In the era of digital transformation, IT has evolved from being a pure cost factor to a strategic weapon as enterprises strive to stay ahead of their competition by innovating their IT platforms. Data is at the forefront of digital transformation, because moving to a cloud environment enables all relevant next-generation applications of an enterprise—the most prominent ones being analytics, in-house custom development, and AI/ML use cases.
Traditionally, banking’s IT strategy has been characterized by both a high level of conservatism and large IT budgets. The combination has led many banks into considerable technical debt as they failed to move off their traditional platforms. And although most banks have adopted client/server and internet architectures, they are only now starting to move their critical applications to cloud infrastructure to ward off competition from cloud-native fintech startups. All eyes in the banking world are now on Australia, where the key local banks are in a multiyear effort to create new core banking applications in the public cloud.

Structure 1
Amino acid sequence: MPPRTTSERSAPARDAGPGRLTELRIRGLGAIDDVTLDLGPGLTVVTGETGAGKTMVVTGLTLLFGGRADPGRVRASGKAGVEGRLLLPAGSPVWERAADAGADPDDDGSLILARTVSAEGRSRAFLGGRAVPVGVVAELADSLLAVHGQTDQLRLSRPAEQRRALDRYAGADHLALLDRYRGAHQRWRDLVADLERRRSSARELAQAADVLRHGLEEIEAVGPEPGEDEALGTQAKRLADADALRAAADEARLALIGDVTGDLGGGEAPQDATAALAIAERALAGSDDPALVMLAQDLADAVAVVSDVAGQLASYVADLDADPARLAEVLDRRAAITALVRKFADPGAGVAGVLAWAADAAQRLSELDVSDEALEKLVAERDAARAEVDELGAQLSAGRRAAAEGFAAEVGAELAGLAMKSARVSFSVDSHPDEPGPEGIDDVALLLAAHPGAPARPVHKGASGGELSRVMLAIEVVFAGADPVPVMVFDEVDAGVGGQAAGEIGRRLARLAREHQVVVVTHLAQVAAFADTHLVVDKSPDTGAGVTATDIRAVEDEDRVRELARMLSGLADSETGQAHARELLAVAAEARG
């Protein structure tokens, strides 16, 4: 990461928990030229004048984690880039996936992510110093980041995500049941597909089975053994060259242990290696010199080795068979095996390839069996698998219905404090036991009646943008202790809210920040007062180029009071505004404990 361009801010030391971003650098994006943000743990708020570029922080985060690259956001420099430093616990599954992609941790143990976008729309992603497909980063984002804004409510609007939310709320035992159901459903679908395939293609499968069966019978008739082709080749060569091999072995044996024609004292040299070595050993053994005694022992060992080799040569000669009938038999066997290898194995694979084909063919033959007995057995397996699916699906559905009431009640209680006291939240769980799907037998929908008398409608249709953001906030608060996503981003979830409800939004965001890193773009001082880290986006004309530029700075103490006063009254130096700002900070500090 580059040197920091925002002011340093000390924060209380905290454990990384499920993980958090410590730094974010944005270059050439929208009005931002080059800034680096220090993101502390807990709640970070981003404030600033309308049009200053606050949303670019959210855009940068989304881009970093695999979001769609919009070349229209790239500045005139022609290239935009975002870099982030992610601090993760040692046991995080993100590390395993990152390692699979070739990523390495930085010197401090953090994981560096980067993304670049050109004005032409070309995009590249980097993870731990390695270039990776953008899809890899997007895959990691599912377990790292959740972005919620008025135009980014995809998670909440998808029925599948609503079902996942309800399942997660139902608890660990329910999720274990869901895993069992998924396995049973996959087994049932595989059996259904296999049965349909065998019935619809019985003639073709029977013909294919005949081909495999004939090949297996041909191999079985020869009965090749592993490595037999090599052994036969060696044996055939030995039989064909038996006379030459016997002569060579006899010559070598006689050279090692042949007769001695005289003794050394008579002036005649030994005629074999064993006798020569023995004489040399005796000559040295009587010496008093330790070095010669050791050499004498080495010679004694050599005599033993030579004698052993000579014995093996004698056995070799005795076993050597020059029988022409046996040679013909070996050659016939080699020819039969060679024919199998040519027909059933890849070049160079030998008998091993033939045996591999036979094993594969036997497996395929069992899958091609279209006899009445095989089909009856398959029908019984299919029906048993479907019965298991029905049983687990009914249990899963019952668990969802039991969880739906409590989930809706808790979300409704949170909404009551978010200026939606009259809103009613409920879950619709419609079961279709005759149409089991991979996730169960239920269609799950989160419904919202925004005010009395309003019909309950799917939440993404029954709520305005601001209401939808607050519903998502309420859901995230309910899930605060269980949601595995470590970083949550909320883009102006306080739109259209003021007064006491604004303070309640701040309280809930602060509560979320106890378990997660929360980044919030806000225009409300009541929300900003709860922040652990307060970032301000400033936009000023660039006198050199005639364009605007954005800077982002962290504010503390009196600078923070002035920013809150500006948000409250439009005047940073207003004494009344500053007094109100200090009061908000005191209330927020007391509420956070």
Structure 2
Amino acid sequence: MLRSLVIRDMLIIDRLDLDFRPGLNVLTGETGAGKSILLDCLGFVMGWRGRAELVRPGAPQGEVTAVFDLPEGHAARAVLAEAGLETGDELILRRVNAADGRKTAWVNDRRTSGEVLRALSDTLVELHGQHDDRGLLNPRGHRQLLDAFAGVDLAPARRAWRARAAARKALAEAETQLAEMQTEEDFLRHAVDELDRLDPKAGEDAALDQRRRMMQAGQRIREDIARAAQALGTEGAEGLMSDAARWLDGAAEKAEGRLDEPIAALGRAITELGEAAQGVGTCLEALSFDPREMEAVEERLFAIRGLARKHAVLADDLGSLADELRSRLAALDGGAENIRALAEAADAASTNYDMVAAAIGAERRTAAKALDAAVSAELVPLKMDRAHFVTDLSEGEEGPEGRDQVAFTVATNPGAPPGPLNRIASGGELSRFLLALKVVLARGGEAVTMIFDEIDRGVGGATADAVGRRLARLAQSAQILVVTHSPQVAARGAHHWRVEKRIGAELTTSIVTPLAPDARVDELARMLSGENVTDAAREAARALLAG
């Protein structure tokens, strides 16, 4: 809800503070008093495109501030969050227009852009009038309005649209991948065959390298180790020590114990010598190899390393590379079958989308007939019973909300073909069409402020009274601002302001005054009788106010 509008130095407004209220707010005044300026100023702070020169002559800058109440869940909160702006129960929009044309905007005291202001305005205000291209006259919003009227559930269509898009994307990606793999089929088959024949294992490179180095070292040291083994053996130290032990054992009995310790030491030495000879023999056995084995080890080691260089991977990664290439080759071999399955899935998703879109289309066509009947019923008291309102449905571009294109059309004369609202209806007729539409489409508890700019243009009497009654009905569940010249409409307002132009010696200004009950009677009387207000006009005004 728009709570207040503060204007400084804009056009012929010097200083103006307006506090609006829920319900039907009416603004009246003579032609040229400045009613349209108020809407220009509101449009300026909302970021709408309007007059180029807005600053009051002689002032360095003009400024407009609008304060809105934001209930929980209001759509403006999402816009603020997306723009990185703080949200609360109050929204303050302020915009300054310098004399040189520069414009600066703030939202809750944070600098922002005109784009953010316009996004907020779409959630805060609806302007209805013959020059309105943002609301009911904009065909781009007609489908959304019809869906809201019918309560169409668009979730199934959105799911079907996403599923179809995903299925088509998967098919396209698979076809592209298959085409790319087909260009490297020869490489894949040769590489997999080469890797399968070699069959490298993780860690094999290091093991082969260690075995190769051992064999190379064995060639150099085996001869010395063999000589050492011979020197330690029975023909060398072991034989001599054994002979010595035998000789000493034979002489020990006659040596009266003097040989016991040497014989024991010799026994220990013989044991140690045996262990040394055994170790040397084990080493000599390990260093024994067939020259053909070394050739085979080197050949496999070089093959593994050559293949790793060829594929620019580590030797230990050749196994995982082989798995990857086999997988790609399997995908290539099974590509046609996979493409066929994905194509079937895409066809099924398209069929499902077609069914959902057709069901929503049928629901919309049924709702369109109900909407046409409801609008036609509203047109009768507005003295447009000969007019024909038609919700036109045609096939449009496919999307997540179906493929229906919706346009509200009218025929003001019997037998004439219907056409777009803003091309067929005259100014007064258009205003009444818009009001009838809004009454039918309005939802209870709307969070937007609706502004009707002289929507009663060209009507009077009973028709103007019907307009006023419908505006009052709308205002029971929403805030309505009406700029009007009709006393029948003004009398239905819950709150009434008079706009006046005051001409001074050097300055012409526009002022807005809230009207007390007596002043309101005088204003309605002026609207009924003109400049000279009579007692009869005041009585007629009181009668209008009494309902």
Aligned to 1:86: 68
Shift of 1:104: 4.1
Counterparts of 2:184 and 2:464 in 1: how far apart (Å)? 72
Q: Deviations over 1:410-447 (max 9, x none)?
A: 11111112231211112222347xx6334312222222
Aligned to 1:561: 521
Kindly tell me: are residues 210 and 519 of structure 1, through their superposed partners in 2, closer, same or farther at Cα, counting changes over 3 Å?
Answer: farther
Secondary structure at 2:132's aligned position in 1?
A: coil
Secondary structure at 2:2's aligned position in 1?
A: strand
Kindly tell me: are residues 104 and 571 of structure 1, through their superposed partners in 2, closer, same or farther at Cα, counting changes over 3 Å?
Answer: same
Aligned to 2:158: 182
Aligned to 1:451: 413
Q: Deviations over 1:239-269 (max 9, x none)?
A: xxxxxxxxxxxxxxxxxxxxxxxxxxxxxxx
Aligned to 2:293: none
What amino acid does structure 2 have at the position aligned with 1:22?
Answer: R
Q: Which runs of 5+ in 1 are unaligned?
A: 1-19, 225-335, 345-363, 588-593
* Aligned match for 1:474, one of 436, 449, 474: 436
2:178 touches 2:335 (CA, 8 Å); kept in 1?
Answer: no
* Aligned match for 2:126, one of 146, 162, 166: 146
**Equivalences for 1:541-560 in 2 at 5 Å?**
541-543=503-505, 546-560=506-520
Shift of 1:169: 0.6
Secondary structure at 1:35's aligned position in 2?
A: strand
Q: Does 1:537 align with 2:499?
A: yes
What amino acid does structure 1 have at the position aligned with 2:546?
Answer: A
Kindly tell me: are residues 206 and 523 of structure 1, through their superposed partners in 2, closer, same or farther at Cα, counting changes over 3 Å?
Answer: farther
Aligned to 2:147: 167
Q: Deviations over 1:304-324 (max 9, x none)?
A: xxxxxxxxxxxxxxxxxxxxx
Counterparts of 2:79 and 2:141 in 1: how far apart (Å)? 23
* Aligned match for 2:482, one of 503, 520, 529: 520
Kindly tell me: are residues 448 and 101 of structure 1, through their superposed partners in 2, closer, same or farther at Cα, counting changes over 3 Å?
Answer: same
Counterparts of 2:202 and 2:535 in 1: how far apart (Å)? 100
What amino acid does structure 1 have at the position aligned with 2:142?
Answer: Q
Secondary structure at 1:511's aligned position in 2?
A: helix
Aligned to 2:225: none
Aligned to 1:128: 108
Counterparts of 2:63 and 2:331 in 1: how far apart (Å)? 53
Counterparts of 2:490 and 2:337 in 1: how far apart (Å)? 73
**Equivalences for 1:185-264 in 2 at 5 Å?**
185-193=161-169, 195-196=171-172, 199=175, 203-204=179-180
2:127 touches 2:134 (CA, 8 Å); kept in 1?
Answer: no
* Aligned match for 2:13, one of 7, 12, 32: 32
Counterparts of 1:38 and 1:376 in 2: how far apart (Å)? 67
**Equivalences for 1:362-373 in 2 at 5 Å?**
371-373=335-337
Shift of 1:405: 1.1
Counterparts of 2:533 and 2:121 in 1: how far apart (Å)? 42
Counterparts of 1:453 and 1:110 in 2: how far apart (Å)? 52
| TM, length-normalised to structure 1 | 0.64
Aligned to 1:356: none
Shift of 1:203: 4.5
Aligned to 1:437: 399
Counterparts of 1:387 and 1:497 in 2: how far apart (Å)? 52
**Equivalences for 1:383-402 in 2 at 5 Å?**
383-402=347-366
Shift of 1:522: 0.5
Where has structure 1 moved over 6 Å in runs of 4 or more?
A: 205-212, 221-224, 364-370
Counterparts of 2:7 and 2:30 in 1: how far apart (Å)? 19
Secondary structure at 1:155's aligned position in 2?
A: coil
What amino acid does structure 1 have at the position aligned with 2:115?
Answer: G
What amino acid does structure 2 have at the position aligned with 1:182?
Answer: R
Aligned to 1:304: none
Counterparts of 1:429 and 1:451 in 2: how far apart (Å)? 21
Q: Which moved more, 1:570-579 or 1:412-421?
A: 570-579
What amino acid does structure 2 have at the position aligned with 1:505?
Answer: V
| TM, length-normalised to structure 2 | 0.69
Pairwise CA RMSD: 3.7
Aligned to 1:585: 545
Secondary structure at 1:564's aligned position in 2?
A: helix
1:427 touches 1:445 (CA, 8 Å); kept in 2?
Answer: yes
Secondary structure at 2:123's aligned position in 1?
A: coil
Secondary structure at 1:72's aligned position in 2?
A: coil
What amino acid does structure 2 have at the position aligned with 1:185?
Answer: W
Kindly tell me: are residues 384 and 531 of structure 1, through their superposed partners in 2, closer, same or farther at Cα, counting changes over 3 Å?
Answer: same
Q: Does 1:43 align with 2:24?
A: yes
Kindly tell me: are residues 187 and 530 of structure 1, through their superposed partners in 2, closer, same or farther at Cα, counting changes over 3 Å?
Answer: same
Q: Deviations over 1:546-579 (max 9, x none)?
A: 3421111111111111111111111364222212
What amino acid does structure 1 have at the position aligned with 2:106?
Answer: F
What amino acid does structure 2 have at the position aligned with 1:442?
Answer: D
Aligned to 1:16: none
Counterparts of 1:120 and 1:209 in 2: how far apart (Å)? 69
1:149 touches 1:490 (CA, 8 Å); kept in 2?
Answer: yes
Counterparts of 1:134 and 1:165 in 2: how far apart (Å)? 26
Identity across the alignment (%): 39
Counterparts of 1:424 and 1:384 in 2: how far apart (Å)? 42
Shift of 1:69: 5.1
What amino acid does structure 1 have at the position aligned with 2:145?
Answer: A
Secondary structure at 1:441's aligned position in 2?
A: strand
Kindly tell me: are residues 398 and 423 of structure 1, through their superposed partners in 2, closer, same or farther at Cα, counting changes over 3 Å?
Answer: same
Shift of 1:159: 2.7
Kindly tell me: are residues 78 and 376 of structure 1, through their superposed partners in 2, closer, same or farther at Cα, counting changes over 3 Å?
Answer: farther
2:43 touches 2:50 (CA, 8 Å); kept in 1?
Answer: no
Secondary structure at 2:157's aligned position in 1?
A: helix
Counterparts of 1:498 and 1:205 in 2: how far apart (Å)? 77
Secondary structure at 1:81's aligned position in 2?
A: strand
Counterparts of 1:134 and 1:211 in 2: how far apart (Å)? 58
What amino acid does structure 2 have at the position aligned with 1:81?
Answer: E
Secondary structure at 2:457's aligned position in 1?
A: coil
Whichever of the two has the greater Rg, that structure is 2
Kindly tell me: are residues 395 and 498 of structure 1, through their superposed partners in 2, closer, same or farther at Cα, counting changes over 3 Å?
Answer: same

Oracle, as the decades-long market leader in the mission-critical database space, has had a very strong position in the banking industry. The question has been whether Oracle would remain a relevant provider of future cloud-based banking applications. Banking IT leaders have been mulling this over for several years now, which is what makes the decision of a major institution such as Deutsche Bank to partner with Oracle an inflection point for the financial services industry.